By Aggrey Nyondwa Kikobera, Communications Official, World Vision Uganda
Outside her grass thatched hut, Jessica Juru sits, lost in thought. Beside her is Daniel, one of her seven children, reading his science textbook.
Omugo village is unusually quiet.
In another part of the compound, the other children are idling about, except for 9-year-old Samuel who is isolated under a shade, enjoying music on his old radio. He turns the knob, nodding to the rhythms of the music. He attracts the attention of his younger siblings, being that he is the only one doing ‘something interesting’. They also begin to nod to the music.
“They are here all the time, they cannot go to school anymore and they can’t go out to play with the others (children) either. They run around the compound, dance sometimes, and when they are tired, they sleep,” Jessica says.
Jessica ‘felt a sickness’ when she heard that there was a new disease outbreak in the world and that it had come to Uganda. She was seated almost in the same spot outside her hut, when she heard-on Samuel’s radio that the country was to go under lockdown with limited movements, trade and other activities.
“When I heard about Coronavirus, I even felt sick right away because I looked at my children and the situation we were already in and imagined how we would survive it. We ran from South Sudan for survival but with such a disease and all its implications, survival will not be easy, not even here in Uganda,” says a visibly worried Jessica.
Jessica had earlier been advised by her friend to buy a book for her first-born, Daniel, so he could catch up with everyone else in class. When schools closed, the book came in handy.
“My mother bought for me this book a while ago. I now read from home because at school they told us there is a new disease called Coronavirus and it kills people. We were encouraged to continue reading at home so that we don’t forget what we studied,” says Daniel.
He only reads during day because at night the light is not enough. Daniel wants to be a doctor and fight such “diseases like Corona that kill people.”
Just like Jessica and her children, over 1.3 million people in refugee settlements are faced with some of the biggest fears of their lives. After fleeing their countries for survival, they now have to face an outbreak knocking at their door – one that has killed over 200,000 people worldwide.
In March, World Vision warned that the mortality rates for COVID-19 could be unprecedented in vulnerable communities and fragile contexts like refugee settlements. The organization asked that countries hosting high numbers of refugees be given special and urgent support because the impact the pandemic could have on these countries would be far greater than what we have seen to date in more medically-advanced countries, both directly through COVID-19 deaths and indirectly through the reduction of life-saving child health services as countries focus on this new disease.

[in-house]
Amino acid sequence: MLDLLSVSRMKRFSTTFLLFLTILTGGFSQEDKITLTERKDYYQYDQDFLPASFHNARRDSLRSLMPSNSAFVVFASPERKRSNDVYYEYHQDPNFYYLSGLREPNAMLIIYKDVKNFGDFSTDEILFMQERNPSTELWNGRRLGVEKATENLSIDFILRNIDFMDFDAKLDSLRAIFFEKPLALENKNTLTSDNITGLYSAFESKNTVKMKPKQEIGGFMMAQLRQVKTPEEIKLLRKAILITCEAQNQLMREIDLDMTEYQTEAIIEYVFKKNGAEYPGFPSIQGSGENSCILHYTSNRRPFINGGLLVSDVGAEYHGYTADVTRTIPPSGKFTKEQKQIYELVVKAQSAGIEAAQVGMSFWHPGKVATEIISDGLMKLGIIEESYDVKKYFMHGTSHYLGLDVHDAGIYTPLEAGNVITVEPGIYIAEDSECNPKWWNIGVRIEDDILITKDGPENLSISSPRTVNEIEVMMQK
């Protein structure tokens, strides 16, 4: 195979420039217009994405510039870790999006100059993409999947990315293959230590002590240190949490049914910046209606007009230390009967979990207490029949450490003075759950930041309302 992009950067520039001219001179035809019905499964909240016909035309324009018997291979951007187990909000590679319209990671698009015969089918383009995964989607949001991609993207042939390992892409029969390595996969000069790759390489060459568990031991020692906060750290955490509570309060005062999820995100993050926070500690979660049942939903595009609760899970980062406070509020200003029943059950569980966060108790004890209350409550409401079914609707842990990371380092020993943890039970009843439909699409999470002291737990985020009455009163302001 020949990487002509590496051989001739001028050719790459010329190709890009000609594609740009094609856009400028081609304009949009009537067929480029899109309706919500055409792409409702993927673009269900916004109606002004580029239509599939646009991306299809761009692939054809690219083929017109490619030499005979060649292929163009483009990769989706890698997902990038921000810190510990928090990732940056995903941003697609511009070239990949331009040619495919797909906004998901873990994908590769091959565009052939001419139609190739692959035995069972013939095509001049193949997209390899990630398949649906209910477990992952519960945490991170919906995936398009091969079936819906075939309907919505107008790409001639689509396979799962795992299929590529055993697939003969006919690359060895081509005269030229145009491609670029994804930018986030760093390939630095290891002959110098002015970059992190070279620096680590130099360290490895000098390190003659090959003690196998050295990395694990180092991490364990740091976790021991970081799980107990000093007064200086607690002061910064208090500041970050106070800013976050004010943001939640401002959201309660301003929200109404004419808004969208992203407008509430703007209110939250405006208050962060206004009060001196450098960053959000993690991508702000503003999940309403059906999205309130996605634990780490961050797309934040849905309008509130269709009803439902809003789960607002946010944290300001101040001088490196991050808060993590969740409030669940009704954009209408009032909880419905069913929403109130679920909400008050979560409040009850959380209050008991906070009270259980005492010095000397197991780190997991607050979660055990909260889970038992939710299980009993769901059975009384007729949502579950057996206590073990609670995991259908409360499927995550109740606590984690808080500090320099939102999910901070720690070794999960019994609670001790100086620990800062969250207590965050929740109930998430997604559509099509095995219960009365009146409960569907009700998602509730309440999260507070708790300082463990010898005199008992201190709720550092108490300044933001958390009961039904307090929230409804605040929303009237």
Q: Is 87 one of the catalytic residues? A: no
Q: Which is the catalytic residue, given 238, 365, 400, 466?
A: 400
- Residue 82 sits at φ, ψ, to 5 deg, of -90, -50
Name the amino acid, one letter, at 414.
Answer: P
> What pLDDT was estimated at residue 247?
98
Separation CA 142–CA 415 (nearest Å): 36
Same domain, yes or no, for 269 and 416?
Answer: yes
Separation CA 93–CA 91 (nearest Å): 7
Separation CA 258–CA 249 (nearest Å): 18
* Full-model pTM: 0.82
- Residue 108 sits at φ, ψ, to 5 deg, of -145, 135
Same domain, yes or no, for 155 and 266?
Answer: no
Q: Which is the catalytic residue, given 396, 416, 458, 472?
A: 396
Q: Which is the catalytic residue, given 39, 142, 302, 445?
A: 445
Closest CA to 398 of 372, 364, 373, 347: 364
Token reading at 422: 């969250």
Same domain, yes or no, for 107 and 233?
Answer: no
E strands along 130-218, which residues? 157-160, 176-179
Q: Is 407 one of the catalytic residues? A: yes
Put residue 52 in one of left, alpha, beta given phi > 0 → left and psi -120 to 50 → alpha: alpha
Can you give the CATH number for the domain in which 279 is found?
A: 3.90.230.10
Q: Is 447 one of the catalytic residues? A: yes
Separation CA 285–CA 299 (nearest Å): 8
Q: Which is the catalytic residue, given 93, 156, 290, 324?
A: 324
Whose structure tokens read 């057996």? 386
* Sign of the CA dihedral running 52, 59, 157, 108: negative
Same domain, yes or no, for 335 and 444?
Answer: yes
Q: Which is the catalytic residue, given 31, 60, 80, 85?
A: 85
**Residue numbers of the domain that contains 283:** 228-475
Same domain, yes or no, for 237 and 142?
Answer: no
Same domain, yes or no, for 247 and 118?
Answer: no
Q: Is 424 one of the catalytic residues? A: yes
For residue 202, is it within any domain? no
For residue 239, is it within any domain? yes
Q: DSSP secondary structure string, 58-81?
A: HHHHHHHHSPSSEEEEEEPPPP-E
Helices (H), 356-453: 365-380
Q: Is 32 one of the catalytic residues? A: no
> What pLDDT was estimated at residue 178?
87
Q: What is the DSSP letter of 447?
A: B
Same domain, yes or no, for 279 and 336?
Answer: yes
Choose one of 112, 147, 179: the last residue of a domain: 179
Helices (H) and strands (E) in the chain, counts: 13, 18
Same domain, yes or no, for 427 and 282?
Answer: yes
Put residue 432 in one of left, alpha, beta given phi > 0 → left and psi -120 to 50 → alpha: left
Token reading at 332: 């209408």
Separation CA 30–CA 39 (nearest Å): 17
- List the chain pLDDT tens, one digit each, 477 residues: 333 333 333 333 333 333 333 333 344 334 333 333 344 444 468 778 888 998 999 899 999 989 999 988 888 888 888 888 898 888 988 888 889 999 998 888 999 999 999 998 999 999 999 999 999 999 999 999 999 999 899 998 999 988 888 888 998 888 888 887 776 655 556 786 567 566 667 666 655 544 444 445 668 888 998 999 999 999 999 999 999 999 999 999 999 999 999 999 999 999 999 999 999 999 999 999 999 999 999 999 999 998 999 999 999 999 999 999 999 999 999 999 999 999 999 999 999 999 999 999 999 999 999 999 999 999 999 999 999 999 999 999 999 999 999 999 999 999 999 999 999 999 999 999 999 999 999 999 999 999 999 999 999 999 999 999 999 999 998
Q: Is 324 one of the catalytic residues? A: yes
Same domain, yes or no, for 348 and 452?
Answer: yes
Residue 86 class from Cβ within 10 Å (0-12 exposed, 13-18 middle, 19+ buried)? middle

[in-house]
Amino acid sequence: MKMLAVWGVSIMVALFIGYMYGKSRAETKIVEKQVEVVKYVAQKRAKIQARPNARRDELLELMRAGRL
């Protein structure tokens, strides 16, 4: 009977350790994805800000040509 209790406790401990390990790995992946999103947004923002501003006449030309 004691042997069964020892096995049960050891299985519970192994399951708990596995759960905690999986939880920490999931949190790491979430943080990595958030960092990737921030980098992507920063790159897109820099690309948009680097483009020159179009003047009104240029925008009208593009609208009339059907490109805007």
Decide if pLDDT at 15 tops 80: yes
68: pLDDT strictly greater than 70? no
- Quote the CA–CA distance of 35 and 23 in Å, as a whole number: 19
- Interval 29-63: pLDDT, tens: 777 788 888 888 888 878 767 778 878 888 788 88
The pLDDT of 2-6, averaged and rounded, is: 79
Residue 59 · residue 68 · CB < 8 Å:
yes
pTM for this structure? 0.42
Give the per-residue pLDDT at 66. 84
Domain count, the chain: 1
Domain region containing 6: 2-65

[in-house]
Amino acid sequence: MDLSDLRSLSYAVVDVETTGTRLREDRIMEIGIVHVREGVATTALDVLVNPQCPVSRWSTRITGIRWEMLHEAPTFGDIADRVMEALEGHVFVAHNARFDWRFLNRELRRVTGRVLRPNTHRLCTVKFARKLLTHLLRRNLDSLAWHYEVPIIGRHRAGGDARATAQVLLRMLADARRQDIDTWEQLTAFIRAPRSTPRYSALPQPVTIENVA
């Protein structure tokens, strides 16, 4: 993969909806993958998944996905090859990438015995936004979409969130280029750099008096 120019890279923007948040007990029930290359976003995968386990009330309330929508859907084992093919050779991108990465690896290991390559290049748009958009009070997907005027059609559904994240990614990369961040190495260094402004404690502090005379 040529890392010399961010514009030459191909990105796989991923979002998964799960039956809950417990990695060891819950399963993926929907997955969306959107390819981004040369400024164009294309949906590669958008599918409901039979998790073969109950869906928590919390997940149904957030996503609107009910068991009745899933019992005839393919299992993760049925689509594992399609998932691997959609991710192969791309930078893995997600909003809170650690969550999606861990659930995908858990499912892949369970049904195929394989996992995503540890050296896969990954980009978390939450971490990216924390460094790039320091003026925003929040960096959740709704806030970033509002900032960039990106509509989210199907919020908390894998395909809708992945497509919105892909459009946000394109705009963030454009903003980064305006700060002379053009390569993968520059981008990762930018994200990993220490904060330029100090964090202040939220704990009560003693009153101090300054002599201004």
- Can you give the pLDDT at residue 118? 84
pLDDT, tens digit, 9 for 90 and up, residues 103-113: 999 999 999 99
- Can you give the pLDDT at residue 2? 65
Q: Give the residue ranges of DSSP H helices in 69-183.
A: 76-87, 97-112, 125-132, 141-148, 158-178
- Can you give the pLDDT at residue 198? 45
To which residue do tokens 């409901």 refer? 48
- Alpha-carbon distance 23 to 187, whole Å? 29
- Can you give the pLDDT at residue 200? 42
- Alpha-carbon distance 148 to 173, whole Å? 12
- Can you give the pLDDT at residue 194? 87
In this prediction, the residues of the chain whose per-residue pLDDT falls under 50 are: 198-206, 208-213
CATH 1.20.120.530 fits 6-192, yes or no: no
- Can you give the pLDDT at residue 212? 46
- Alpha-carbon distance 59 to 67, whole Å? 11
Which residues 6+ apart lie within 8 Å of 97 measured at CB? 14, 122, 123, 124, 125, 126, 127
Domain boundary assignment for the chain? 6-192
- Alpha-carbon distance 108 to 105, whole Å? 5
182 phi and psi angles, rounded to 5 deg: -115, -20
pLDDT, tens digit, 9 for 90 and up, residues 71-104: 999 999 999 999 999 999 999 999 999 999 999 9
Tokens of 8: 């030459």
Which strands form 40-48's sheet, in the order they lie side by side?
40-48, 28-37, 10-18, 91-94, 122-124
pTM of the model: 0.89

Risk for children
According to UNHCR, 53,000 refugee children have been identified as at risk or unaccompanied or separated. The majority of these are psychosocially disturbed by the realities of war and having no parents. Such children benefit a lot from play and psychosocial services that are offered at the various Child Friendly Spaces in the settlements. Child Friendly Spaces are facilities where children freely access play items and interact with other children, attend Early Childhood Development (ECD) and through caregivers, receive psychosocial support. Over 30,000 children access these facilities regularly. Following the directive to close schools, these facilities were closed as well.
Most of the unaccompanied and separated children are fostered in homes where foster parents, supported by aid agencies look after them as their own. With the increased fear and tension, the foster care programme faces a big challenge.
“The disease might not kill as many children from the available statistics but the impact to them is great. In our foster programme, we train and facilitate foster parents to take care of these vulnerable children. This is now difficult because everyone is scared and they only want to take care of their own, without any extra responsibility,” says Brenda Madrara, a Project Manager at World Vision.
“This push back from the parents is majorly because of the increased pressure on livelihoods and basic needs including food, but also the fear of bringing someone that might be infected,” adds Brenda.
Children mostly stay with their grandmothers as their care-givers. According to a research conducted by Lancet Infectious Diseases, the COVID-19 mortality rate for people between 60-69 is 3.6% and this is about the average age of many grandmothers and caretakers in the settlement. In the absence of these guardians due to death or hospitalisation, thousands of refugee children would lack basic care.
Business and livelihood
Almost all the markets in the settlement are run by refugees, thanks to Uganda’s accommodative refugee policy, which allows refugees to move freely and even take part in businesses, trade and farming. A number of these markets have been closed except for those that sell food and other essential products.